I Joined a Church for the Casseroles

And for the community that came with them

Kerala Taylor
Human Parts
Published in
10 min readSep 5, 2023

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Photo by -lvinst-/Getty Images

My father and I were always the early risers. On Saturday morning at 7 a.m., I was usually sitting on a kitchen stool eating a bowl of Shredded Wheat. My father was a few feet away from me, sitting “lotus-style” on the window seat. He donned robes that used to be black, but after multiple decades had resigned themselves to a milky gray.

Amidst snaking pillars of incense, my father closed his eyes and for 20 minutes he simply sat there and breathed. Then he started chanting — deep, throaty chants — while kneeling on the floor and bowing repeatedly.

Growing up, my father’s weekend Buddhist rituals were about the closest thing I ever had to church.

Even though my Catholic and Jewish friends always complained about church or synagogue, I have to admit, I was a little jealous. They had a common bond, not to mention a whole group of other friends outside of school.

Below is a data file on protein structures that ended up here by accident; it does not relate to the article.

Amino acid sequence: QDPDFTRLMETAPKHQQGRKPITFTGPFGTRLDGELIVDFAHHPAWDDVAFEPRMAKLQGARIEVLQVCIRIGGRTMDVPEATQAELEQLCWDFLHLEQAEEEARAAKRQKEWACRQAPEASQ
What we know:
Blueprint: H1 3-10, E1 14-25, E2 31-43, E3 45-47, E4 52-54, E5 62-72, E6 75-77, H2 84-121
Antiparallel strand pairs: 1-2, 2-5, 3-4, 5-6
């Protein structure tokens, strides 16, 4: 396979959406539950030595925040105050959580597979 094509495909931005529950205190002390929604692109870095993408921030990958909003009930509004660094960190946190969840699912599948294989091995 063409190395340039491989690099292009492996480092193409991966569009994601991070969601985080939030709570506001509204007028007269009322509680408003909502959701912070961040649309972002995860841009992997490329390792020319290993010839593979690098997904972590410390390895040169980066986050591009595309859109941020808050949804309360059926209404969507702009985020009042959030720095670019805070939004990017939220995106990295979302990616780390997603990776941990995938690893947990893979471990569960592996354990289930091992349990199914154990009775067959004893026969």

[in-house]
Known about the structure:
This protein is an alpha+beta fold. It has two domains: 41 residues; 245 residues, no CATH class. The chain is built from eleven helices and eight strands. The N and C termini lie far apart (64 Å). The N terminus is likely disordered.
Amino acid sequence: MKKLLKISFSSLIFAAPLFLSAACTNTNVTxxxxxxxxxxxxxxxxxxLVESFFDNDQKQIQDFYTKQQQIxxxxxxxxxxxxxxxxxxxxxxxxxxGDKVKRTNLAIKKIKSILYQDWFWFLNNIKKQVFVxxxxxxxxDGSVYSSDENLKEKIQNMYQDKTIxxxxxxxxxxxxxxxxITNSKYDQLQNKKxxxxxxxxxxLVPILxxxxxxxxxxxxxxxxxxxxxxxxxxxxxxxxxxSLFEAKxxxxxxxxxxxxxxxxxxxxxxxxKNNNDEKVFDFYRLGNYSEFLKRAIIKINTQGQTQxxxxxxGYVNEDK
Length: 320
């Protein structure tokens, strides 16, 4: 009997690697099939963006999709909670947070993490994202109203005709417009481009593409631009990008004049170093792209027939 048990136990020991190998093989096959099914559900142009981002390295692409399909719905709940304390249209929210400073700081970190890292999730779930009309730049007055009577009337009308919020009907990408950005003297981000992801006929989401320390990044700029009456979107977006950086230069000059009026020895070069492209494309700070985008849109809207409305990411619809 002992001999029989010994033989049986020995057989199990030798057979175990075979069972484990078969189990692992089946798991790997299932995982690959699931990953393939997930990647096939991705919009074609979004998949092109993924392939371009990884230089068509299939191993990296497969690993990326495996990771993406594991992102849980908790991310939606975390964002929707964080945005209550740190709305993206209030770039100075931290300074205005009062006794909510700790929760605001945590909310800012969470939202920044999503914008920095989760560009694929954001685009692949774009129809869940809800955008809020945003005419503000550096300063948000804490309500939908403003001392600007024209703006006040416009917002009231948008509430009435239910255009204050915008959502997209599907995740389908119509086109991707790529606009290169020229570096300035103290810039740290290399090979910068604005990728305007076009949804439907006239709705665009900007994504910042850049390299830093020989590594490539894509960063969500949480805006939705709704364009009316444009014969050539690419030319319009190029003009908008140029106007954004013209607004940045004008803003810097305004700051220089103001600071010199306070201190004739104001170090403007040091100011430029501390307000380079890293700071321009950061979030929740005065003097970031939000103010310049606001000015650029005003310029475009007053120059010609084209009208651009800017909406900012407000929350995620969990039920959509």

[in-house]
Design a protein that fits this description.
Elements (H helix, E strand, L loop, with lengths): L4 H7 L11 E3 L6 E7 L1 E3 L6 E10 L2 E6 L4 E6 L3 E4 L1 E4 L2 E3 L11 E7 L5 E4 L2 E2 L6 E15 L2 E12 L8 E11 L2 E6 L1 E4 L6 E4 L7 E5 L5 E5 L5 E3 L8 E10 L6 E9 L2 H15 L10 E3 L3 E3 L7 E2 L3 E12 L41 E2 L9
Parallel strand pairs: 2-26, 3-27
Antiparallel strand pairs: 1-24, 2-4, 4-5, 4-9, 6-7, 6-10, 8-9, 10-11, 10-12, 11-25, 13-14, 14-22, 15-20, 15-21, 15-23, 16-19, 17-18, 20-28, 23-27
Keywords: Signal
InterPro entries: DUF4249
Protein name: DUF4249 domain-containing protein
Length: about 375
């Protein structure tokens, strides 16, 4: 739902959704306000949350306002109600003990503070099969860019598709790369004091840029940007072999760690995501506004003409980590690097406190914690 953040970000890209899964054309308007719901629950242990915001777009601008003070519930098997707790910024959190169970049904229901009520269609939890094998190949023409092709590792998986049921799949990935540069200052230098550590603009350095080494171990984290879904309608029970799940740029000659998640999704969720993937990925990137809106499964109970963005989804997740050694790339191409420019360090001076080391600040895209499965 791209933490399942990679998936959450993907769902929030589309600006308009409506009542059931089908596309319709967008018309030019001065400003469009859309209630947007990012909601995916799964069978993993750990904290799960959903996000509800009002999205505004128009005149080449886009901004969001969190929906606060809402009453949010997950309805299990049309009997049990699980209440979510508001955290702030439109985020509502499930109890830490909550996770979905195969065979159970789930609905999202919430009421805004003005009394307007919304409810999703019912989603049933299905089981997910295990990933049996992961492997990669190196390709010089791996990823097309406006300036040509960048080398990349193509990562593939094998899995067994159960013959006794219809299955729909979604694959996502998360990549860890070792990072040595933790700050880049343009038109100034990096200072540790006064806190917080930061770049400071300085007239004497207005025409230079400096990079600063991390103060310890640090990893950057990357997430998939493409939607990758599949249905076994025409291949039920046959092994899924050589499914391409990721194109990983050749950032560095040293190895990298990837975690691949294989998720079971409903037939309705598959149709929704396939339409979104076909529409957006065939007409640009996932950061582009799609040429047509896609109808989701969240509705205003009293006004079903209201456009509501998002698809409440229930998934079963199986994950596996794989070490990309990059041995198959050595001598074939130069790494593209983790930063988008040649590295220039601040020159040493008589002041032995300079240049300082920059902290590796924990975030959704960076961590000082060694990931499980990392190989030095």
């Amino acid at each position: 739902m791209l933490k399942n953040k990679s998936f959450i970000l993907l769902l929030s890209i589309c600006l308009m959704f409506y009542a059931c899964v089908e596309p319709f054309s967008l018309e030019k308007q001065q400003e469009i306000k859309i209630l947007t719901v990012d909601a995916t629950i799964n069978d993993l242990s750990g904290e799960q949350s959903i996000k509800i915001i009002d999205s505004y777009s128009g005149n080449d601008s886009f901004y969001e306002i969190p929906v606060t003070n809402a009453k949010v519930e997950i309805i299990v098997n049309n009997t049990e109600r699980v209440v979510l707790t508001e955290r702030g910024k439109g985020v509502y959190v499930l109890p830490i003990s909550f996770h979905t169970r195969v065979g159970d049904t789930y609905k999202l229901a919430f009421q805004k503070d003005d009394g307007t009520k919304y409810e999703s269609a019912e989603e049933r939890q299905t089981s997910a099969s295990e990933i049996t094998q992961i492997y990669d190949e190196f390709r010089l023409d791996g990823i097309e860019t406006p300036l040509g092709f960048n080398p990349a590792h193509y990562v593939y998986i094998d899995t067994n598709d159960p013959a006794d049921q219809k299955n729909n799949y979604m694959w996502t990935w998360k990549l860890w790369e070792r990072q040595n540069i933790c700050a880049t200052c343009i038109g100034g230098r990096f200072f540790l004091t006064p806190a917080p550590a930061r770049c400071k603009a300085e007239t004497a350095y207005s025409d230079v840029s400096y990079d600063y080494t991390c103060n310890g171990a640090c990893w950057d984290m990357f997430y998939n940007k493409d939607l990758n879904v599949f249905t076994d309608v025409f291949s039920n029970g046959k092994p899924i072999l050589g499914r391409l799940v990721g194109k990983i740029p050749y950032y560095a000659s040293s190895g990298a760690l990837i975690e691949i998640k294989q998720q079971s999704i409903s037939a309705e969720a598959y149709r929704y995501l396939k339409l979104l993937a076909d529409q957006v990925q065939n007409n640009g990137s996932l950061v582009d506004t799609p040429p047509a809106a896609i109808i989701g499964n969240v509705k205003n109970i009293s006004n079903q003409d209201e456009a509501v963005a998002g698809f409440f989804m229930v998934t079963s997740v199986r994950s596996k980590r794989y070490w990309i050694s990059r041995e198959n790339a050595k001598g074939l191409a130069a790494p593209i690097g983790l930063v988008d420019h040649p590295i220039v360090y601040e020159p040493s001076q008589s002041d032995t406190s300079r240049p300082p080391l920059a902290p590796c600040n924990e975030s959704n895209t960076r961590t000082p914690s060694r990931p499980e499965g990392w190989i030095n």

Then my best friend invited me to a Catholic service one Sunday, and my initial excitement wore off quickly. I didn’t know any of the songs, and people were endlessly standing up and sitting down. I just wanted to sit. The following year, I would begin to attend friends’ bar mitzvahs and realize that despite the supposedly intractable differences between the world’s major religions, they all shared rituals that involved a lot of standing up and sitting down.

I tried to follow what the Catholic priest was saying, but I wasn’t familiar with any of the characters in his stories, except of course for Jesus, who was prominently displayed behind him, starving to death on the cross.

I really didn’t like looking at that emaciated chest and those bloody hands. While traveling with my parents in rural England a few summers prior, I had nearly wet the bed at a Bed & Breakfast because going to the bathroom would have meant confronting a larger-than-life Jesus, who was perishing for posterity at the end of the hall.

As the interminable service wore on, church was seeming less and less appealing. But then I noticed a sandy-haired boy about my age looking over at me from further down the pew. He was standing next to a gangly redhead, and they seemed to be conferring with one…

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Kerala Taylor
Human Parts

Award-winning writer. Interrupting notions of what it means to be a mother, woman, worker, and wife. Subscribe: https://keralataylor.substack.com